Freshly painted 'thakur dalan' of palatial mansions, pillars decorated in golden blossoms, old chandeliers lit up in full glory, the ladies of the royal family drawing intricate 'alponas' and doing 'Pujor Jogar' (prepping up for elaborate rituals) - a perfect setting in a typical 'Bonedi Barir Pujo' to welcome the Goddess.
While the new-age Theme Pujo draw millions to the City every year, Kolkata is home to a lot of traditional Zamindar Family Pujo or 'Bonedi Barir Pujo' as they are referred to in Bangla.
These Bonedi Barir Pujo have been an intrinsic part of Bengal's rich culture and heritage over centuries and their focus on traditions and rituals continue to charm those who like to bask in old-world classics and nostalgia.
Centuries ago, it was originally the affluent local landlords or Zamindars of undivided Bengal who arranged these yearly Pujo jubilations, as only the wealthy were able to bear the cost of such elaborate Durga Pujo.
With time, as the 'Zamindar' title was abolished and their finances dwindled, the family successors started pulling in their resources and came together for arranging these yearly get-togethers in order to keep alive the tradition of their ancestral Pujo.
The flamboyant display of wealth and the extravagant rituals may have been cut down or modified at these 'Bonedi Pujo' over the years, but the setting – the grand chandeliers, the traditional touch, the faith with which Debi Durga is worshipped, the reverence people show towards these heritage Pujo – is still alive in the same spirit.
Hosted in over 200 different households across Bengal, these sabeki barir Durga Pujo retain classic flavour of the festivities, which have been carried on by generations for the last 150 to 400 years or even more.
Built in the 18th Century by aristocrat Raja Nabakrishna Deb, the Shobhabazar Rajbari is one of the oldest and the most majestic royal mansions of Kolkata.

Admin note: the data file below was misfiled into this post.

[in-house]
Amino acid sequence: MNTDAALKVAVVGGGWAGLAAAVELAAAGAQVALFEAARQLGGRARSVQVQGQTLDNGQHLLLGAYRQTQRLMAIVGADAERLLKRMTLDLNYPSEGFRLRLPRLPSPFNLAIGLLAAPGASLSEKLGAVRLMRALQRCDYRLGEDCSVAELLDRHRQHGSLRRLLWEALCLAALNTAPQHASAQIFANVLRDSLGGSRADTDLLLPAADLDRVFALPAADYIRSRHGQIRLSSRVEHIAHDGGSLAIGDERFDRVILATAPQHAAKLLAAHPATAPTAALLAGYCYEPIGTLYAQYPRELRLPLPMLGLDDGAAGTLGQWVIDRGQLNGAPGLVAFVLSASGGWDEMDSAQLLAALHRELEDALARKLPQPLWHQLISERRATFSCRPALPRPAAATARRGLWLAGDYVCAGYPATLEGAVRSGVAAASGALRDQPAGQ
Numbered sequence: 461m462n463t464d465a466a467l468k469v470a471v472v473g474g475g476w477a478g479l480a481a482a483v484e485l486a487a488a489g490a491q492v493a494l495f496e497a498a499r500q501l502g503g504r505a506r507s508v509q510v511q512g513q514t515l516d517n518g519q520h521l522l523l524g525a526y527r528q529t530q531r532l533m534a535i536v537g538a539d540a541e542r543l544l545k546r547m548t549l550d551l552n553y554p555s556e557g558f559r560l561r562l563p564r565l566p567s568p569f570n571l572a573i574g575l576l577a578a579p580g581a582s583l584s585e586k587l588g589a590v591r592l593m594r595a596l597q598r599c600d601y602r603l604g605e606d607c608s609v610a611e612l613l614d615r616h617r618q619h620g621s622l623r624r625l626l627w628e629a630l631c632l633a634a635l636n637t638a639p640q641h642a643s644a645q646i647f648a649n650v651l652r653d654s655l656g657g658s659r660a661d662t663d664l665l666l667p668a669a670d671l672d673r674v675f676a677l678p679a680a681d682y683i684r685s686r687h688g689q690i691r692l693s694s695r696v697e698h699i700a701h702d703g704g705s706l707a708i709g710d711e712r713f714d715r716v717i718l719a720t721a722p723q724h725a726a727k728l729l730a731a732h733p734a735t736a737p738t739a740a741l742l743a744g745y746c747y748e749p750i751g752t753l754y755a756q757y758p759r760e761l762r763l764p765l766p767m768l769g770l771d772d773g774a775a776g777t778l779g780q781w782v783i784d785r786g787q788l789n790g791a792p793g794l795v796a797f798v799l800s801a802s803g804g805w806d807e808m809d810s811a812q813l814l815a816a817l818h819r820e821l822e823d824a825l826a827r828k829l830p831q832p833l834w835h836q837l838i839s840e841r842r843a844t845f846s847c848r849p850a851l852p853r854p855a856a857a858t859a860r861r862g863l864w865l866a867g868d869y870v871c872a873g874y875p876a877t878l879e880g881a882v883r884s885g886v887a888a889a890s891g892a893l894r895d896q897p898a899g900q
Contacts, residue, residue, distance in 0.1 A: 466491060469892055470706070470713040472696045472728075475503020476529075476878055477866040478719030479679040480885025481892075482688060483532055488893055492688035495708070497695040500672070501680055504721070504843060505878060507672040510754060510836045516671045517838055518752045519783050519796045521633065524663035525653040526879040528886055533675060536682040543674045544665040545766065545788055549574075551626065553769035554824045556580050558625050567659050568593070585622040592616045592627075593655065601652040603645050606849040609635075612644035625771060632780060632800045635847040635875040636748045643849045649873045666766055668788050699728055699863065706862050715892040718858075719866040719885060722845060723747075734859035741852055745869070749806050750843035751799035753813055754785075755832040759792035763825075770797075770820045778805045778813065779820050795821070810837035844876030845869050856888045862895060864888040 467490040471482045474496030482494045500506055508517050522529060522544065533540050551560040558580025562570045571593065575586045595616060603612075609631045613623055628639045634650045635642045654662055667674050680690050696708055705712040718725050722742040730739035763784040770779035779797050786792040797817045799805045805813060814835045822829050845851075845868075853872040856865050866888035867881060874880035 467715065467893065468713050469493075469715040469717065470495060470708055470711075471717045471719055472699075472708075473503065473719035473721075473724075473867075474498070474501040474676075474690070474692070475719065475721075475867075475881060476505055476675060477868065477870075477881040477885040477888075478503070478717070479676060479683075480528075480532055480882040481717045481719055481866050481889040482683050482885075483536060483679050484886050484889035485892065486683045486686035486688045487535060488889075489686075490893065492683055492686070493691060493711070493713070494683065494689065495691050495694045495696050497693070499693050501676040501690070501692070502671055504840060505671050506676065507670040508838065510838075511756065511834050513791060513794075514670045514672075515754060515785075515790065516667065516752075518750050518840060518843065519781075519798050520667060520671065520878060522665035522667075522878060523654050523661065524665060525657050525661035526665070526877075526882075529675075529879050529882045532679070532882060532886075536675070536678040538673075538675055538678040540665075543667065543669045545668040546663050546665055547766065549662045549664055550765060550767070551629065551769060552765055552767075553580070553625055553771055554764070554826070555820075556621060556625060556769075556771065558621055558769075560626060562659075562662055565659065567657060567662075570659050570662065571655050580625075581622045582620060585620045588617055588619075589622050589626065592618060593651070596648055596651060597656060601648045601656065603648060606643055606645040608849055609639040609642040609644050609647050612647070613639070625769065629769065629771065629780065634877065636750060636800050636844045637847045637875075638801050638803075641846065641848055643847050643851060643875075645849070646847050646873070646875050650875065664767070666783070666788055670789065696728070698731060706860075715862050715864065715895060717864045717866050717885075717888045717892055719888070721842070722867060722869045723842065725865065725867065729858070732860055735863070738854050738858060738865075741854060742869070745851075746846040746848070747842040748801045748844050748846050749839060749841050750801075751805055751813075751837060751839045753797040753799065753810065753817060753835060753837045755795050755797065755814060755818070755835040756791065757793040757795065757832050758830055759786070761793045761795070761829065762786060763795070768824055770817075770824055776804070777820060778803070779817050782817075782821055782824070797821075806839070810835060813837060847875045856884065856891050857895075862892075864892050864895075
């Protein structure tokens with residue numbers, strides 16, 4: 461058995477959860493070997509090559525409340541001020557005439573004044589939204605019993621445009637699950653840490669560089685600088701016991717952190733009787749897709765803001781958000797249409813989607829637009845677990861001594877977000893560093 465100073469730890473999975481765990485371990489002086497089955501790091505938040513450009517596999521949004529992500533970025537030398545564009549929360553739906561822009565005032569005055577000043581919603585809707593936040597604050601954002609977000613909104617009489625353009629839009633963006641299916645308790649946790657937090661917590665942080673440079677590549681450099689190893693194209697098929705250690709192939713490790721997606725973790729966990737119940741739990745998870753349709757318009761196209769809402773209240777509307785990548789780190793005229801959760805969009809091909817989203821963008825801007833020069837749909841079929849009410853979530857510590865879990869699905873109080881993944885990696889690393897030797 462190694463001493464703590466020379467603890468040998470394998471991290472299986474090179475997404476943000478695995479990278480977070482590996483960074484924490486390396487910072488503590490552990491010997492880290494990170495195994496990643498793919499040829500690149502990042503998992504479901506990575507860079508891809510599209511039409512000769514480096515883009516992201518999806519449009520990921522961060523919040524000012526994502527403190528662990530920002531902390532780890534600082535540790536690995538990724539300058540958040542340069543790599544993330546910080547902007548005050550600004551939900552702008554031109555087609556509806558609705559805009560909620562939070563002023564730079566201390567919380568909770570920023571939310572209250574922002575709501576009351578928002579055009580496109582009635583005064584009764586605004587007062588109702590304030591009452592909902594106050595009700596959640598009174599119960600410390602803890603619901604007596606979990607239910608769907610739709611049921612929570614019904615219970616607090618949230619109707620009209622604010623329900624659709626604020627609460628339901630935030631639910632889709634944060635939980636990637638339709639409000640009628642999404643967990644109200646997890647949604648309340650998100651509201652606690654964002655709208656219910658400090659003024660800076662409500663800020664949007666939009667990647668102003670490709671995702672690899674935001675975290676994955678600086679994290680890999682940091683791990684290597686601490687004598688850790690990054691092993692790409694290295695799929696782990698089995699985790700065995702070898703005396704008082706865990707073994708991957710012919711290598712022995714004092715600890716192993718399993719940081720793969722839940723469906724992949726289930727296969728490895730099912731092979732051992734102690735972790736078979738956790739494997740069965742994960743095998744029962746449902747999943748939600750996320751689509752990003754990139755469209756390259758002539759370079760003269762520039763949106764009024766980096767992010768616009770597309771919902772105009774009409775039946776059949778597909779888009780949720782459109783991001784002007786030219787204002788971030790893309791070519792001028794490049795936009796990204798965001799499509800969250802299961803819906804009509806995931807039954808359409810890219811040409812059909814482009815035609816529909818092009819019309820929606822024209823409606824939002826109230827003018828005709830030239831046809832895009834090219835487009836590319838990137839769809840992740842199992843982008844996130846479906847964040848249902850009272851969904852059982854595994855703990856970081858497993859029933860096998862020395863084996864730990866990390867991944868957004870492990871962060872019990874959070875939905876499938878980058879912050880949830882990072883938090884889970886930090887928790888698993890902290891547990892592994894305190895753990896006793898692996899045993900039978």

The festivities that started at this Rajbari situated in the Shobhabazar area of North Kolkata in 1757 after the Battle of Plassey, continue in its same glory till today, making it possibly the most popular Kolkata bonedi barir Durga Puja.
The Shobhabazar Rajbari Pujo has some signature traditions. One of them include the traditional idol worship that has been arranged for years at the regal 'Nath Mandir' or 'Thakur Dalan' (courtyard) where family members witness the transformation of the Kathamo (structure of the idol) into the Protima (the completed Debi idol).
Another interesting custom which used to be followed here was the release of the 'Neelkantha Bird' as a messenger to Lord Shiva after immersion of Maa Durga. Today, this tradition has evolved with a symbolic clay model of the Neelkantha Bird being worshipped instead.
Often referred to as the oldest Durga Pujo in West Bengal, the Sabarna Roy Choudhury Bari Pujo dates back to 1610.
This Bonedi Barir Pujo was initiated by Lakshmikant Majumder, who was titled as 'Roy Chowdhury' during Mughal Emperor Jahangir's time.
The family's Aat-chala Pujo (aat-chala, meaning eight eaves, is a style of temple architecture) is carried on by his future generations at their ancestral home in Barisha.